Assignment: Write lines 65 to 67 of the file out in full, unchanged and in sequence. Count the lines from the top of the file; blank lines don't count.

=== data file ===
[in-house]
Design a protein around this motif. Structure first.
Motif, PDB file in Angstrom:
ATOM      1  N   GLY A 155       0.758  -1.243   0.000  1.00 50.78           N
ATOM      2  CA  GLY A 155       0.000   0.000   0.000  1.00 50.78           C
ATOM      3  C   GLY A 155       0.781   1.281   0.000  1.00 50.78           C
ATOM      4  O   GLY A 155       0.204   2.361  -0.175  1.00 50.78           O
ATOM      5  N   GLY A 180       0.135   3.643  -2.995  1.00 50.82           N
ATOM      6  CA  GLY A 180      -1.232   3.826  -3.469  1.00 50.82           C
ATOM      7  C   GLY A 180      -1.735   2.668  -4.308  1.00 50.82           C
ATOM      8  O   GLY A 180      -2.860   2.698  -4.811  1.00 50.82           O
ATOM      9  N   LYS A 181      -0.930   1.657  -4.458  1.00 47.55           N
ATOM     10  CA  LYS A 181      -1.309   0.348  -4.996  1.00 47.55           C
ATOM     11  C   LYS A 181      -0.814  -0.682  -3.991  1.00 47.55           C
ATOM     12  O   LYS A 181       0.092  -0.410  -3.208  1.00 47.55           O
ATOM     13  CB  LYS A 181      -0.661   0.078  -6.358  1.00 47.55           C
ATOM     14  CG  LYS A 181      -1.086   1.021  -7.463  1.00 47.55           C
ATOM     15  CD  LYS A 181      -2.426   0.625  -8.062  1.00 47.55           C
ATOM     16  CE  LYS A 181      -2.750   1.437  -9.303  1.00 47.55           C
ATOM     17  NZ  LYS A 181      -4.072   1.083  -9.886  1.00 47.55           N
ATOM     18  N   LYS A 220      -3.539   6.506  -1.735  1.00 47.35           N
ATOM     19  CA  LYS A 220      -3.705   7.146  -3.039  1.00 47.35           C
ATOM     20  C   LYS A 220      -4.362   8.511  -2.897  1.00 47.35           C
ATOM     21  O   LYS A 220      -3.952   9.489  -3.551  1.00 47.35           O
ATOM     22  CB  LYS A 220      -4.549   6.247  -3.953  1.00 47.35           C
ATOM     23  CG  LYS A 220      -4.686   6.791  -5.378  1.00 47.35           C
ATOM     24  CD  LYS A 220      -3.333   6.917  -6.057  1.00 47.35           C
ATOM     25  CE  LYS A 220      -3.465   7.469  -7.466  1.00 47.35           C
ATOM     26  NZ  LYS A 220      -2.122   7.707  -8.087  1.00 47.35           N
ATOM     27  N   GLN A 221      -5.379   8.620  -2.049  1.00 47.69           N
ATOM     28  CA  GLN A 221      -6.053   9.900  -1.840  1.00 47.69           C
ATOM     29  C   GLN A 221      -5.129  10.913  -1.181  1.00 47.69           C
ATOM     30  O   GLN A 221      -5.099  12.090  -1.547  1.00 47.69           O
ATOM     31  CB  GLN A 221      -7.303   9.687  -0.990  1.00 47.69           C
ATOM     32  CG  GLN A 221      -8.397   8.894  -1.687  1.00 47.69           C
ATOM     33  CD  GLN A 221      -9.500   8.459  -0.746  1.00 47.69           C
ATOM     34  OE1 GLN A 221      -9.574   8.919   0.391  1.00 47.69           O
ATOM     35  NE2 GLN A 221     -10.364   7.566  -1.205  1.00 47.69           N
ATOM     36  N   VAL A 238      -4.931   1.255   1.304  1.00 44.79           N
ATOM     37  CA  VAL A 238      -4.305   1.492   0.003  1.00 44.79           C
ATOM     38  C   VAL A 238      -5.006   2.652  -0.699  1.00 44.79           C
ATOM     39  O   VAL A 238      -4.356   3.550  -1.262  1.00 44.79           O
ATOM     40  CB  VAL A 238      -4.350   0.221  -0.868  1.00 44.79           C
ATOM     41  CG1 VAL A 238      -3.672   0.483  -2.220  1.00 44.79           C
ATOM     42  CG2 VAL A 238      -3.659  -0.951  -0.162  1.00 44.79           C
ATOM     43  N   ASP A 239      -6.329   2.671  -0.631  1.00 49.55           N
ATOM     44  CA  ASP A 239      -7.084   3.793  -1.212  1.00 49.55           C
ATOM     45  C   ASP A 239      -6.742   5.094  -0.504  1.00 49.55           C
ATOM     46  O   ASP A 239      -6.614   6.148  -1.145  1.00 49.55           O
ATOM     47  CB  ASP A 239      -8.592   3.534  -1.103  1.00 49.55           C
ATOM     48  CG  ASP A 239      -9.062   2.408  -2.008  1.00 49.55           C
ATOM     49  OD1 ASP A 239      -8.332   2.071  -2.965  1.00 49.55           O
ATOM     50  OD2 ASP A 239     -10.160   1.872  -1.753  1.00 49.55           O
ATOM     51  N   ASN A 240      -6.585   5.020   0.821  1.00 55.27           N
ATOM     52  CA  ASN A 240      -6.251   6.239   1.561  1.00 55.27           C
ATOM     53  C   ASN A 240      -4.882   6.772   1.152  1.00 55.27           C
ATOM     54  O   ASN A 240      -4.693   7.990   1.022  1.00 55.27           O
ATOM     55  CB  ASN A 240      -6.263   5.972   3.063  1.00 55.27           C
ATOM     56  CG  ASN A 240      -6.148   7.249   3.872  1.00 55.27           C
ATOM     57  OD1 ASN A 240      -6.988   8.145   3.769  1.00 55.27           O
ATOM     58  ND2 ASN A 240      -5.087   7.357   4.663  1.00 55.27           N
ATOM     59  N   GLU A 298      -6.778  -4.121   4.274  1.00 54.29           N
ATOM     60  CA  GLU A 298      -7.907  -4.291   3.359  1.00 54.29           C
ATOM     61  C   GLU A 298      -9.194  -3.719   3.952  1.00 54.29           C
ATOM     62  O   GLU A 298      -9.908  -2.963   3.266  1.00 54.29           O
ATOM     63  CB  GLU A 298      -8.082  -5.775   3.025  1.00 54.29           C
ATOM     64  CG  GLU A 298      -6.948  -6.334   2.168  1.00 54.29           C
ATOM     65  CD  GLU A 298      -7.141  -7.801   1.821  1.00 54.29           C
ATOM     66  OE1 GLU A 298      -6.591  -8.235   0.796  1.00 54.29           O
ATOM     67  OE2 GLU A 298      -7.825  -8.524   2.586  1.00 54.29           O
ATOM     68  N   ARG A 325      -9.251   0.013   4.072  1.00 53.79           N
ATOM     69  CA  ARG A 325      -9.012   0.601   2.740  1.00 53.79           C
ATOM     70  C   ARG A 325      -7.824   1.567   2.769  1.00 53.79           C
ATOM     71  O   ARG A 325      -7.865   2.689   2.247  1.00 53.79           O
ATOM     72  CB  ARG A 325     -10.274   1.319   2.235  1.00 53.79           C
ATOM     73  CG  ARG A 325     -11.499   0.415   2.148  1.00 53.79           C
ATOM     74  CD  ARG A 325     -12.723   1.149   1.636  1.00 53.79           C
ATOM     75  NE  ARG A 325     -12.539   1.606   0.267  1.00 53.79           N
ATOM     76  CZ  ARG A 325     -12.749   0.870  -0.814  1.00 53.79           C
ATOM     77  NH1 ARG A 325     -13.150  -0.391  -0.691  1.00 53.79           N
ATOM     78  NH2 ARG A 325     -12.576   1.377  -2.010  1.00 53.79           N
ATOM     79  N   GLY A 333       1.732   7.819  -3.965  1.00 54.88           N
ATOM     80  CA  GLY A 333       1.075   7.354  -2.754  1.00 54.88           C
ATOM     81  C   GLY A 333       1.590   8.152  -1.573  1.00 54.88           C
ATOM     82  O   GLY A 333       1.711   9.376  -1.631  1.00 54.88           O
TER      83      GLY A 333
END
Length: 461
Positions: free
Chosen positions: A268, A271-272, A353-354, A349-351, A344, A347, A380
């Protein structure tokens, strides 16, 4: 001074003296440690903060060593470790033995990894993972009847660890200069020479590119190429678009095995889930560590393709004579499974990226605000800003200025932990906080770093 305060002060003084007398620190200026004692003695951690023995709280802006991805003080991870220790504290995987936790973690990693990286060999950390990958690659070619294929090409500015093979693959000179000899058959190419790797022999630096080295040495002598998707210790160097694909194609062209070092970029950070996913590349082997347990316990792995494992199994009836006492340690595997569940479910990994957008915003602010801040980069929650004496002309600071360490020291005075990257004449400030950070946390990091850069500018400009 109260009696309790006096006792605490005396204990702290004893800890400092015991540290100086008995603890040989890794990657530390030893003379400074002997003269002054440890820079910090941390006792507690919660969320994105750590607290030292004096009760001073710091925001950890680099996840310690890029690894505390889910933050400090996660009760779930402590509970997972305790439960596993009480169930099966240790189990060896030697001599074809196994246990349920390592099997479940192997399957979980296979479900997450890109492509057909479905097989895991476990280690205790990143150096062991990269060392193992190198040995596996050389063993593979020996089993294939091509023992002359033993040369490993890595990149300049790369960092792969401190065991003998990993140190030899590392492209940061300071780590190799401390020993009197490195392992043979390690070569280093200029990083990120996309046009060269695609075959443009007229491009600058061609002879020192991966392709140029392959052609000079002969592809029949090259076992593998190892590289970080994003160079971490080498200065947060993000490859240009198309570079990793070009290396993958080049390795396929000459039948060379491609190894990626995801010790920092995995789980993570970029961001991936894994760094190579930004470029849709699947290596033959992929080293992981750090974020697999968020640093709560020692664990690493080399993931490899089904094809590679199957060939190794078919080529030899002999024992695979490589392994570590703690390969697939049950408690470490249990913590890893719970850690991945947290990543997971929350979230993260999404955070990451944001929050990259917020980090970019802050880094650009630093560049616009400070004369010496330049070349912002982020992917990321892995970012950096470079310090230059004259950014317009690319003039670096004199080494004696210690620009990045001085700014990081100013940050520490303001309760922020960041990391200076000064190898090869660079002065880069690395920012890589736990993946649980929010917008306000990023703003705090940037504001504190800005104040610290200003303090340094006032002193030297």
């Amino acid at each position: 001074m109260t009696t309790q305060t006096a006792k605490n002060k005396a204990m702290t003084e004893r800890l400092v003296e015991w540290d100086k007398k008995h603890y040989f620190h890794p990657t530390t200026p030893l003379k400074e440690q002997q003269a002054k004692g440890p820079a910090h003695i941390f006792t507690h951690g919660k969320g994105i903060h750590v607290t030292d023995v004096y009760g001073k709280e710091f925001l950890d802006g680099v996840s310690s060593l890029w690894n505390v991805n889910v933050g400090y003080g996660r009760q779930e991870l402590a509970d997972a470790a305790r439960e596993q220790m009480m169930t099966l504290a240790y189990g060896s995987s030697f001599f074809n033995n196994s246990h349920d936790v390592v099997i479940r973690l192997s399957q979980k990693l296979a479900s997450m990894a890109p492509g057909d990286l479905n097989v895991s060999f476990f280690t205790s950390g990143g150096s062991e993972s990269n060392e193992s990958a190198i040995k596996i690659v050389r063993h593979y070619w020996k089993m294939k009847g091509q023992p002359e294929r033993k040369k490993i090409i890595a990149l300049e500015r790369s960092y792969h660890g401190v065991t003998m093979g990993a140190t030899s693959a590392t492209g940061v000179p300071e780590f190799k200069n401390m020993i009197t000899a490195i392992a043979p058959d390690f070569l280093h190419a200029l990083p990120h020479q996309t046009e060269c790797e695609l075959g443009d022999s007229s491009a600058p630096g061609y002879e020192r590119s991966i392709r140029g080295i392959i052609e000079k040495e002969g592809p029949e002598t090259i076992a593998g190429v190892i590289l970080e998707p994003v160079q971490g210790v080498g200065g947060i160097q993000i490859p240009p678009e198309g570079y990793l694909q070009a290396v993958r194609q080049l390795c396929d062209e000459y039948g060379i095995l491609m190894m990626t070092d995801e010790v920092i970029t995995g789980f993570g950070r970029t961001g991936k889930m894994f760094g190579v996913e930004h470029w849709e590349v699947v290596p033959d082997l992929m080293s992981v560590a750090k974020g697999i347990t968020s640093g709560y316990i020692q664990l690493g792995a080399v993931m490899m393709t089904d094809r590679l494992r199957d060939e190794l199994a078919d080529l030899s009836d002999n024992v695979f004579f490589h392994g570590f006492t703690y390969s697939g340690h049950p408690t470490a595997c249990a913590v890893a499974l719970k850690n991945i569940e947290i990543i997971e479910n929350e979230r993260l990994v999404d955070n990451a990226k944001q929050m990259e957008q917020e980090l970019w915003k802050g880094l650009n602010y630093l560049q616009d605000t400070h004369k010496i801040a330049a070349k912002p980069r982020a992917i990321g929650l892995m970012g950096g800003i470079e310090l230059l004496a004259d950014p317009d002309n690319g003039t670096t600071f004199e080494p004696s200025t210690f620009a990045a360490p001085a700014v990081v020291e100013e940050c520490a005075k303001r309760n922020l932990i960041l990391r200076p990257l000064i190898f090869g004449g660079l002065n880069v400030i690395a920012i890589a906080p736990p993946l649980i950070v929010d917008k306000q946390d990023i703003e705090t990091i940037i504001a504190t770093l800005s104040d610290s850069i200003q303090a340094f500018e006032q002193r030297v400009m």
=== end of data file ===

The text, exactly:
ATOM     62  O   GLU A 298      -9.908  -2.963   3.266  1.00 54.29           O
ATOM     63  CB  GLU A 298      -8.082  -5.775   3.025  1.00 54.29           C
ATOM     64  CG  GLU A 298      -6.948  -6.334   2.168  1.00 54.29           C